It is important that you do not forget to allocate tax liability during divorce. There are many distribution of assets that result in tax consequences. Those tax consequences should be considered during equitable distribution so that a true equitable distribution is reached. There are also tax benefits to consider during a divorce and cases involving children.
Taxes and Property Division
To “tax affect” means to reduce the value of an asset by its tax consequences. The Courts throughout the United States have varying rulings. Some courts say that potential tax liability may be considered when valuing marital assets but only where a taxable event has actually occurred or is certain to occur within a time frame that can be reasonably predicted. Those same courts reason that because a party receiving an asset may continue to hold all or part of the asset for any length of time, the court is deprived of the ability to reasonably predict future tax liability because the tax rates constantly change. However, Florida courts have reasoned that one party should not be charged with the full value of an asset that is burdened with an inevitable payment of taxes, regardless of how remotely that burden may be. Vaccaro v. Vaccaro, 677 So.2d 918 (Fla. 5th DCA 1996).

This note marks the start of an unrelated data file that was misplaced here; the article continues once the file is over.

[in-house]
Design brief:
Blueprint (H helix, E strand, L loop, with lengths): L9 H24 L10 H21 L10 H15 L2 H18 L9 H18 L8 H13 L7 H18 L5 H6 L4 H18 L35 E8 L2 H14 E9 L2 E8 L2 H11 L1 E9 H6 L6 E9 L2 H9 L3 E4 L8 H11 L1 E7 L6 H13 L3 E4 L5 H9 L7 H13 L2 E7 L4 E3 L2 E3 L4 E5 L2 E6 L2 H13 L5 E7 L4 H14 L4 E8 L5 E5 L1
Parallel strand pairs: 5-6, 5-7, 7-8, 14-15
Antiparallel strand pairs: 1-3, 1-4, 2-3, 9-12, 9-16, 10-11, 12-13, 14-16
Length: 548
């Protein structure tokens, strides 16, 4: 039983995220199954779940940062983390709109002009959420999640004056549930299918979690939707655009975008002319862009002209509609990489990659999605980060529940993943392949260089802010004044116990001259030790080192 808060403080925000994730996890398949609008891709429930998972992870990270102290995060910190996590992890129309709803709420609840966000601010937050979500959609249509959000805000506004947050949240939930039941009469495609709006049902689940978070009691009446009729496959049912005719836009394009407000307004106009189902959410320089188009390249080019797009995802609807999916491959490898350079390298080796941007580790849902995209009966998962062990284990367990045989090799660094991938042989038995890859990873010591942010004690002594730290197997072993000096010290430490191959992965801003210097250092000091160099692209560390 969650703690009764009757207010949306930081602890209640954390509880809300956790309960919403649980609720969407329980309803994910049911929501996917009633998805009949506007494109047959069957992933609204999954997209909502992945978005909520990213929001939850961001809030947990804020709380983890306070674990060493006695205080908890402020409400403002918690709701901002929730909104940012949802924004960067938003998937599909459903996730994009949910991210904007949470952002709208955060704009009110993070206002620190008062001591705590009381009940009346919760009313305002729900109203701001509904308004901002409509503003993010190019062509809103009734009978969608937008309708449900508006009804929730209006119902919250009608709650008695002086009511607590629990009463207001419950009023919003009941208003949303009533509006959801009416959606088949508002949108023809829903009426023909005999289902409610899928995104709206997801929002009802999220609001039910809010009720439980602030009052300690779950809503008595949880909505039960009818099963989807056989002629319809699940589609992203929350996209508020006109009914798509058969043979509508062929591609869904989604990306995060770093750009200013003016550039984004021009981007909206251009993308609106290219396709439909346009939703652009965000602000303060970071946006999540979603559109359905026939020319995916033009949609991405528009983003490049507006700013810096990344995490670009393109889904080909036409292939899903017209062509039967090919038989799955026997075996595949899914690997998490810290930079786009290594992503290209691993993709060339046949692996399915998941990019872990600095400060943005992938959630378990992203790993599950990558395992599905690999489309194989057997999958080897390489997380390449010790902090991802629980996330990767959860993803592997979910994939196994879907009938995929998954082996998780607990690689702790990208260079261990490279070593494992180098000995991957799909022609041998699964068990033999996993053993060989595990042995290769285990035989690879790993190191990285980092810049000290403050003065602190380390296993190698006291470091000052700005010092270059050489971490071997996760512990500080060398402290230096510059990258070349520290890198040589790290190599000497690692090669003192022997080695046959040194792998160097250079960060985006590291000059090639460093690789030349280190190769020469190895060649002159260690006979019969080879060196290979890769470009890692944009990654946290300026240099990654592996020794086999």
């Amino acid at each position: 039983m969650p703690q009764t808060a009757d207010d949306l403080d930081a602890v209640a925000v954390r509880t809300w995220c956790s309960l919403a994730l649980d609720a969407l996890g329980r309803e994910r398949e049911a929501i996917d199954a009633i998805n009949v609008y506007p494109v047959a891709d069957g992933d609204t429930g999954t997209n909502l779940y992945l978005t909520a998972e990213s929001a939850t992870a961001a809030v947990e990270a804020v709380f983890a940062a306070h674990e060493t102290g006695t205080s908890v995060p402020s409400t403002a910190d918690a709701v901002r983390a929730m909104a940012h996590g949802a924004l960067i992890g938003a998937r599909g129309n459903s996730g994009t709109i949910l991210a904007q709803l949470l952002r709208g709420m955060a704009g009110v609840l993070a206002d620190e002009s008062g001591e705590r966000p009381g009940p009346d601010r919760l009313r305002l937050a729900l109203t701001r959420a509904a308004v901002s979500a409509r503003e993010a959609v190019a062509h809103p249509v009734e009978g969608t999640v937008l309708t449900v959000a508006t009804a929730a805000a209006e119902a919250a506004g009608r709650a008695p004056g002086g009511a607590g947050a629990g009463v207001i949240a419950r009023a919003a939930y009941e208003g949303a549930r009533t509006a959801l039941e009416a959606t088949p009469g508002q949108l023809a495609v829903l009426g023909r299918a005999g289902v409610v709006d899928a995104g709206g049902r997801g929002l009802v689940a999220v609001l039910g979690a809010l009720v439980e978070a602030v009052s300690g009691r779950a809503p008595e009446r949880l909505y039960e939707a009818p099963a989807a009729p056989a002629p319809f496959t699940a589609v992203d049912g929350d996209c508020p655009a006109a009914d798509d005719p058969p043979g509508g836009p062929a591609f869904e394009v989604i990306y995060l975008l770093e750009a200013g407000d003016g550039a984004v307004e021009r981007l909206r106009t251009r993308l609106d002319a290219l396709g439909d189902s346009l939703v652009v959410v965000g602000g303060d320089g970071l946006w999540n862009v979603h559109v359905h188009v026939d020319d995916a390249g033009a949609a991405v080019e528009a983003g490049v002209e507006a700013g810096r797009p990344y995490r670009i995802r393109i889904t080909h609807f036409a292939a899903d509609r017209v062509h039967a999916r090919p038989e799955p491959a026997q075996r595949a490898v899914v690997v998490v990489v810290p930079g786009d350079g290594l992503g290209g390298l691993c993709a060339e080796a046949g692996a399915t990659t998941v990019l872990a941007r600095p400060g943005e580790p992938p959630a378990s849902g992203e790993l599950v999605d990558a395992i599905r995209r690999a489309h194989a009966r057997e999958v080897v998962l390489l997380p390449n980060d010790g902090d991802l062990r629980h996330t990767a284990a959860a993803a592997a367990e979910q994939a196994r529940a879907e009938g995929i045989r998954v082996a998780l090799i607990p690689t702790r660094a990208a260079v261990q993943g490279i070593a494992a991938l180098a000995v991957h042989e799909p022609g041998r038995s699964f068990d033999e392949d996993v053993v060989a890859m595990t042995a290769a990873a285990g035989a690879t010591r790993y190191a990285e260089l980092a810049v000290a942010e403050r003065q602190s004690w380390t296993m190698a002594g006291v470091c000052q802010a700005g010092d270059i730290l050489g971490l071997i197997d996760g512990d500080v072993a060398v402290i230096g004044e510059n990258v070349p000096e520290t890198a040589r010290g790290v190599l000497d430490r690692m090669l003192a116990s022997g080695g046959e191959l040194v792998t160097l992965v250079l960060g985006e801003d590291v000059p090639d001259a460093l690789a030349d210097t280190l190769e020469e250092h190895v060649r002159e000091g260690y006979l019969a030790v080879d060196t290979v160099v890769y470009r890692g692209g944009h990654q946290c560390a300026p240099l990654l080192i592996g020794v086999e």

Florida courts have overcome the need to predict future tax liability by applying the fair market value test at date of valuing the asset. The test with fair market value is-what would happen in a hypothetical sales transaction at the existing time that it exchanges hands between a willing buyer and a willing seller with clean hands? That fair market value test is applied using existing tax liability according to the date of valuing the asset.
Assets With Lower Value Due to Tax Consequences